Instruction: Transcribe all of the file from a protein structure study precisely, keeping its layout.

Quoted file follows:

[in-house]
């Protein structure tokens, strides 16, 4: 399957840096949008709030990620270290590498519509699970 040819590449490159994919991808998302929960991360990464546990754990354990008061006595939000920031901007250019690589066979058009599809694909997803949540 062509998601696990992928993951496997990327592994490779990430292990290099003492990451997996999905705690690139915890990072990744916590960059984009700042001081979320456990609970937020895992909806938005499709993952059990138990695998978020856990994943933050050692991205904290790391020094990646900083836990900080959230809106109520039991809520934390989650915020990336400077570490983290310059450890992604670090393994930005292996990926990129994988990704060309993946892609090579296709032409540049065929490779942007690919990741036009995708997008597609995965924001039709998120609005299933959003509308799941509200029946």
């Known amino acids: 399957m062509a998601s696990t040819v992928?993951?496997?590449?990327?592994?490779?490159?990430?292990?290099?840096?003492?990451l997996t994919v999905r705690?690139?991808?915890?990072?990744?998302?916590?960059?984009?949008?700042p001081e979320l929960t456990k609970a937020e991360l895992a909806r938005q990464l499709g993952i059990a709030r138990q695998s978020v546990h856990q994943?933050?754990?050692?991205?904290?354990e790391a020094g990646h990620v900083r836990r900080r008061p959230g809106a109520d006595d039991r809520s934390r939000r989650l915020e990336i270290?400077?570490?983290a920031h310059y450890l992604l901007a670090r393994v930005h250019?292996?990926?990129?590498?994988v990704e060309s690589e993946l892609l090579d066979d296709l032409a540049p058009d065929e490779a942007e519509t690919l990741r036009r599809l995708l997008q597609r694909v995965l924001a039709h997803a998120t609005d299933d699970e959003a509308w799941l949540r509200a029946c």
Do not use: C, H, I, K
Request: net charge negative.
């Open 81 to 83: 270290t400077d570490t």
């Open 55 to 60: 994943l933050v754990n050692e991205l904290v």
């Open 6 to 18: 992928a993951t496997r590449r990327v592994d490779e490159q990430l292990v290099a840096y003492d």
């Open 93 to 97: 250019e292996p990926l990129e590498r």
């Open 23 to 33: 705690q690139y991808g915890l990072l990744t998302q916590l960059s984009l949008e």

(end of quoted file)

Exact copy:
[in-house]
């Protein structure tokens, strides 16, 4: 399957840096949008709030990620270290590498519509699970 040819590449490159994919991808998302929960991360990464546990754990354990008061006595939000920031901007250019690589066979058009599809694909997803949540 062509998601696990992928993951496997990327592994490779990430292990290099003492990451997996999905705690690139915890990072990744916590960059984009700042001081979320456990609970937020895992909806938005499709993952059990138990695998978020856990994943933050050692991205904290790391020094990646900083836990900080959230809106109520039991809520934390989650915020990336400077570490983290310059450890992604670090393994930005292996990926990129994988990704060309993946892609090579296709032409540049065929490779942007690919990741036009995708997008597609995965924001039709998120609005299933959003509308799941509200029946």
């Known amino acids: 399957m062509a998601s696990t040819v992928?993951?496997?590449?990327?592994?490779?490159?990430?292990?290099?840096?003492?990451l997996t994919v999905r705690?690139?991808?915890?990072?990744?998302?916590?960059?984009?949008?700042p001081e979320l929960t456990k609970a937020e991360l895992a909806r938005q990464l499709g993952i059990a709030r138990q695998s978020v546990h856990q994943?933050?754990?050692?991205?904290?354990e790391a020094g990646h990620v900083r836990r900080r008061p959230g809106a109520d006595d039991r809520s934390r939000r989650l915020e990336i270290?400077?570490?983290a920031h310059y450890l992604l901007a670090r393994v930005h250019?292996?990926?990129?590498?994988v990704e060309s690589e993946l892609l090579d066979d296709l032409a540049p058009d065929e490779a942007e519509t690919l990741r036009r599809l995708l997008q597609r694909v995965l924001a039709h997803a998120t609005d299933d699970e959003a509308w799941l949540r509200a029946c």
Do not use: C, H, I, K
Request: net charge negative.
């Open 81 to 83: 270290t400077d570490t």
């Open 55 to 60: 994943l933050v754990n050692e991205l904290v």
């Open 6 to 18: 992928a993951t496997r590449r990327v592994d490779e490159q990430l292990v290099a840096y003492d």
């Open 93 to 97: 250019e292996p990926l990129e590498r």
């Open 23 to 33: 705690q690139y991808g915890l990072l990744t998302q916590l960059s984009l949008e």